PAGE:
Innovation: Personalised Healthcare

Generally, humanity has greatly benefited from the ‘one size fits all’ approach when it comes to medication. However due to considerations such as genetic makeup, everyone reacts differently to identical medication. Over the past couple of years, the pharmaceutical industry has been putting a massive amount of effort into being able to cater to the unique needs of patients. This is where Personalised Healthcare or PHC comes in.

What is Personalised Healthcare?

Personalised Healthcare and Personalised Medicines are targeted at patients who do not react to traditional ‘one size fits all’ medicines. They are customised therapies that have been developed by making use of a patient’s genetic and epigenetic data allowing healthcare professionals to judge which medications should be administered.


PHC aims to ensure that the screening, diagnosis, treatment and prevention of illnesses will more rapidly and efficiently change patient lives. This includes genetic testing to uncover predisposition to disease and early detection of illness at the molecular level where treatment can be most successful. There are many benefits to Personalised Healthcare and medicines that include:

  • Decreased potential harmful drug reactions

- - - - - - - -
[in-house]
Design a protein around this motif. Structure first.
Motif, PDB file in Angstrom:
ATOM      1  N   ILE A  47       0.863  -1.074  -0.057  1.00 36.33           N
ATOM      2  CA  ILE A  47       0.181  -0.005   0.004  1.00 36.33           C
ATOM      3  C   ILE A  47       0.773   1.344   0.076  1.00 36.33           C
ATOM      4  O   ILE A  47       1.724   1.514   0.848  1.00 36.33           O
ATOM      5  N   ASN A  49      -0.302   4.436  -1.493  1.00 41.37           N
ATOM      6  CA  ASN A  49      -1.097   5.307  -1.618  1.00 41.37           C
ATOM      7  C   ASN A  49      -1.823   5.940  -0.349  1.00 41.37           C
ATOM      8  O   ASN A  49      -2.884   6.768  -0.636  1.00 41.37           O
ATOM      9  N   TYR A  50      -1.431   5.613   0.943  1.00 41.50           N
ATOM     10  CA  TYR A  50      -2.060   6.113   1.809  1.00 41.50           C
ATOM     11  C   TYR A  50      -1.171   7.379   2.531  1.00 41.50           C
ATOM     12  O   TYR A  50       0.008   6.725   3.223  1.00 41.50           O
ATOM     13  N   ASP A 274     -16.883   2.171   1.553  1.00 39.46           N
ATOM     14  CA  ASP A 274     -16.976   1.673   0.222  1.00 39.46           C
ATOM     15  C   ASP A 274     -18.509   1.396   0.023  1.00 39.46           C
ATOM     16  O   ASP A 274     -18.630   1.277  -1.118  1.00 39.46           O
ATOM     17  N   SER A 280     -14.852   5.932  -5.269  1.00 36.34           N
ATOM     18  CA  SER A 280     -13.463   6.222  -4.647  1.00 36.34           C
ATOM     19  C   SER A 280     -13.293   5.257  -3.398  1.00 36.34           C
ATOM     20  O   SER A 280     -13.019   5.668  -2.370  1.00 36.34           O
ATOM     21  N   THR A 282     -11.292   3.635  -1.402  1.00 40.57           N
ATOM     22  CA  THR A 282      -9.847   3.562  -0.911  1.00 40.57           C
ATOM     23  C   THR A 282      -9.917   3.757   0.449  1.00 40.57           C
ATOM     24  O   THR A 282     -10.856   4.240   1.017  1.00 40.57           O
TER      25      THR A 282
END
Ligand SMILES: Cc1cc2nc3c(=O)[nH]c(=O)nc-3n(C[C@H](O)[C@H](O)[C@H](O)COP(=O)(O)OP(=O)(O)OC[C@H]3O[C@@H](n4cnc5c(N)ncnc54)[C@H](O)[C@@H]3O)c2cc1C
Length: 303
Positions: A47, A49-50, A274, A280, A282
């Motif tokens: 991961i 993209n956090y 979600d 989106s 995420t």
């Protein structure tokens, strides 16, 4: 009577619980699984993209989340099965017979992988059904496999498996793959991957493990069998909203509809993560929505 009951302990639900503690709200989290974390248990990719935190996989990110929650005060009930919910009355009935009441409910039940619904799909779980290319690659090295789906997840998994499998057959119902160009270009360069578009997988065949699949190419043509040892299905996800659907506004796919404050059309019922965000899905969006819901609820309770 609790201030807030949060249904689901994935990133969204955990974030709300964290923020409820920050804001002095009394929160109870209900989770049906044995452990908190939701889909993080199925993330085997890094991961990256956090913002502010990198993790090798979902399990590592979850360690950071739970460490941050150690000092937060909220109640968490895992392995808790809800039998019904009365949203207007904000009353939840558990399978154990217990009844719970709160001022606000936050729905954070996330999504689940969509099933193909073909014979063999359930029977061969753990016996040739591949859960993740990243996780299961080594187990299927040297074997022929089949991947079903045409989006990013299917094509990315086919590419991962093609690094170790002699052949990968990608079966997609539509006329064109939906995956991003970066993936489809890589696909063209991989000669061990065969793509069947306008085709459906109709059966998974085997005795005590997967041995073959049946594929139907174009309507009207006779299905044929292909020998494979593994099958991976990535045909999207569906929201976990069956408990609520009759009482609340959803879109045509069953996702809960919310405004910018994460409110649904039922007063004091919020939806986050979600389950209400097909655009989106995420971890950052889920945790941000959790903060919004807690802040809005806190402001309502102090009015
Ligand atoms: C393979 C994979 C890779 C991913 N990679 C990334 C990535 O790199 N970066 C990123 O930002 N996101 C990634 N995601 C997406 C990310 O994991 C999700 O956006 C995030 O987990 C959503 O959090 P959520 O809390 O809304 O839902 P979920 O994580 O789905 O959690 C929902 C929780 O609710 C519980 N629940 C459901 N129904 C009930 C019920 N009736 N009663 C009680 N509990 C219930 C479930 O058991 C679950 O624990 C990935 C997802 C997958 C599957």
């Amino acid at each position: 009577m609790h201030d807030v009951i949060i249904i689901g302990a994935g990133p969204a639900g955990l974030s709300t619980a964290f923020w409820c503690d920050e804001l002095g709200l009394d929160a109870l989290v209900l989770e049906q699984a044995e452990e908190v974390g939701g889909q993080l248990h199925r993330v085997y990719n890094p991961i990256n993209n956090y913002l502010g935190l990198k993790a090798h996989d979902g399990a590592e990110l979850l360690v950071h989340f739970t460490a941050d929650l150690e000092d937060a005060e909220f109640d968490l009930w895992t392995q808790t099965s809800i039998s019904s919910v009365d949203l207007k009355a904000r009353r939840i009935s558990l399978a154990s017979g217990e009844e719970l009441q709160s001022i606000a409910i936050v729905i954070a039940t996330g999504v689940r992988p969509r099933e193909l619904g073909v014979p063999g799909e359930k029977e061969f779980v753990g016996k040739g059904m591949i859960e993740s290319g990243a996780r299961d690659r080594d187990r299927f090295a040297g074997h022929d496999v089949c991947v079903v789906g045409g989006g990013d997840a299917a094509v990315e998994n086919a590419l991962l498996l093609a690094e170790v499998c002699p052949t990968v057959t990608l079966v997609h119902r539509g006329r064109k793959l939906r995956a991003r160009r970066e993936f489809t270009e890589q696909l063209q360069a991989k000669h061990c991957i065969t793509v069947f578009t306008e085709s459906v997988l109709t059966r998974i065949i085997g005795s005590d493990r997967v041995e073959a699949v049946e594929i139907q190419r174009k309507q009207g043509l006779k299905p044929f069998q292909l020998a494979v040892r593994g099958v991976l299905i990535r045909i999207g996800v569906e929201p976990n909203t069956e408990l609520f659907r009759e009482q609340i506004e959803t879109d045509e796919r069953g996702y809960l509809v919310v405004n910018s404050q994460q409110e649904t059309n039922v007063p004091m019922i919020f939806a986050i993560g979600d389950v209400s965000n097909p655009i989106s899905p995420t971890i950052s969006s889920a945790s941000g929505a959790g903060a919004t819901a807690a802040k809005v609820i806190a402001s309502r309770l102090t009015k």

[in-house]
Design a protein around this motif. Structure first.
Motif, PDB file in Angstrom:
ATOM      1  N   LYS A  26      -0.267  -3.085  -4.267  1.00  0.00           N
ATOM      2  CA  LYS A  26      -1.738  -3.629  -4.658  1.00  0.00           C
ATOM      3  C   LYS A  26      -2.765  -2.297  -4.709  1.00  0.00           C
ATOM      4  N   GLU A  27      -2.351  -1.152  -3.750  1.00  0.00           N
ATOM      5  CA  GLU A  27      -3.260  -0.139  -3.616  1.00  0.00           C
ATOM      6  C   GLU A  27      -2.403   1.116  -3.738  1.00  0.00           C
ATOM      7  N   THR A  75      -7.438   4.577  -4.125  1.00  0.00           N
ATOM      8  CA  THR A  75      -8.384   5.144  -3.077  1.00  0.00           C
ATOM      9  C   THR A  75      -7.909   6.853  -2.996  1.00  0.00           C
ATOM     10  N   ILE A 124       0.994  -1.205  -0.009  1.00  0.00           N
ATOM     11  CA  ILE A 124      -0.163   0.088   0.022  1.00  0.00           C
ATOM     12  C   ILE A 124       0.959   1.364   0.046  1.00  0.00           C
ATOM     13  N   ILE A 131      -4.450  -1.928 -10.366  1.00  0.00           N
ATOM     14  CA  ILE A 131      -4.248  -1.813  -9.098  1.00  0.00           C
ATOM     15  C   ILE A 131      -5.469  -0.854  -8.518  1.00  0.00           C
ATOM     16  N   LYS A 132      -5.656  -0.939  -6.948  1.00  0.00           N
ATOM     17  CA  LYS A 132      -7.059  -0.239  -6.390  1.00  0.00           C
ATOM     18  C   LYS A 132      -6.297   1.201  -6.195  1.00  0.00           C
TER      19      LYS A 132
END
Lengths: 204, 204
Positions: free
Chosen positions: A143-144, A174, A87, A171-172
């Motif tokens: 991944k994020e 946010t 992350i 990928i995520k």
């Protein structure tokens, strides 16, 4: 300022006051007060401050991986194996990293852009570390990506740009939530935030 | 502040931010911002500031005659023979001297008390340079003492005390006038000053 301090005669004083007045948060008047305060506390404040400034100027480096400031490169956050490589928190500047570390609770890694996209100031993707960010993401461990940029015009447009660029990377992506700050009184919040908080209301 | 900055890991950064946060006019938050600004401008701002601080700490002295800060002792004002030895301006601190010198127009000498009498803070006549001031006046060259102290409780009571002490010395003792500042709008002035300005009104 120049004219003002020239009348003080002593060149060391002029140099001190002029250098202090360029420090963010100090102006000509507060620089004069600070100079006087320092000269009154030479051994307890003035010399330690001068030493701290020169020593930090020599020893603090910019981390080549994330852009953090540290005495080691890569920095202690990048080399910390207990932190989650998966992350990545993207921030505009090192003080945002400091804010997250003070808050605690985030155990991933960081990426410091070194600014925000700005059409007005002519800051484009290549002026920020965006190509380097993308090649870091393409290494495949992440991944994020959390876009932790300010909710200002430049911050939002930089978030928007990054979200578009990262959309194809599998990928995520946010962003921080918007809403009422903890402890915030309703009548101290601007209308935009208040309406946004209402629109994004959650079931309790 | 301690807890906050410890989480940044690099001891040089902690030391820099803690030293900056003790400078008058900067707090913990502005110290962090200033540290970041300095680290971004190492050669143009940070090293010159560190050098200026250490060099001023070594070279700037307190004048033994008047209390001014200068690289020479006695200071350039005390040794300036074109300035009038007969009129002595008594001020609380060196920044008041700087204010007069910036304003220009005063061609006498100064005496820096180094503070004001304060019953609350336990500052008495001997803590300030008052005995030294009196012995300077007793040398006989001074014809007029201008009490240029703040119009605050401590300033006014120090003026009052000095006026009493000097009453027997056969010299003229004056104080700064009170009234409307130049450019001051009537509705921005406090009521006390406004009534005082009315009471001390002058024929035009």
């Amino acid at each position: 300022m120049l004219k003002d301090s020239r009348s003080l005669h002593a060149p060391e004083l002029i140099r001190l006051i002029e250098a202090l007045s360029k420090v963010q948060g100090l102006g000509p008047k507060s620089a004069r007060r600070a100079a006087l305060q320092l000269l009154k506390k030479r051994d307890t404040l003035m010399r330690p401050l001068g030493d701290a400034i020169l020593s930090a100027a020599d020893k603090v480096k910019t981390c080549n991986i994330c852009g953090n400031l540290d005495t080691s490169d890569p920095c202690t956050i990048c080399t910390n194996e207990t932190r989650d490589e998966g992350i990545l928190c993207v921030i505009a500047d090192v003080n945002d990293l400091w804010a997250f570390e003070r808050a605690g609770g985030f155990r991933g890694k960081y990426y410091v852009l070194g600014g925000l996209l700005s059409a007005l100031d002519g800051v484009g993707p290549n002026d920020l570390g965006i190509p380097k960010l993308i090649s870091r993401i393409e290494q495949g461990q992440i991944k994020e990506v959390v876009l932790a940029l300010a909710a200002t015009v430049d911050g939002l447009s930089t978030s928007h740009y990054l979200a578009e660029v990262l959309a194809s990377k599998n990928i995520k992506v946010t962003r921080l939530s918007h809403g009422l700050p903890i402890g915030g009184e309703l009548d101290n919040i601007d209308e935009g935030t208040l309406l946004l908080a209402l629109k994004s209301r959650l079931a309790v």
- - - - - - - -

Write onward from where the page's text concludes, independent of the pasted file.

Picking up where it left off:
• Improved quality of life for certain patients
  • Increased understanding of disease and illnesses
  • Increased speed and accuracy of diagnosis
  • Decreased cost of drug development


There are unfortunately still a few challenges that stand in the way of Personalised Healthcare, one being the integrity and accuracy of stored health data as the totality and reliability of the data needs to be heavily relied upon for Personalised Healthcare to be successful.

Although the adoption of Personalised Healthcare would overall decrease the cost of drug development, the initial costs of individual drug discovery and development would be massive due to the analytic and diagnostic procedures involved.

As of yet, there aren’t strict standards for the diagnosis of genetic diseases/disorders before being able to prescribe personalised medicines. Therefore, incorrect lab testing leading to inaccurate results could mean ineffective, or worse, toxic effects on the patient.

Other comments

Although the ‘one size fits all’ approach continues to hold a prevalent place when it comes to treatment and disease management, PHC does show a favourable future for providing ‘the right treatment to the right person at the right time’.

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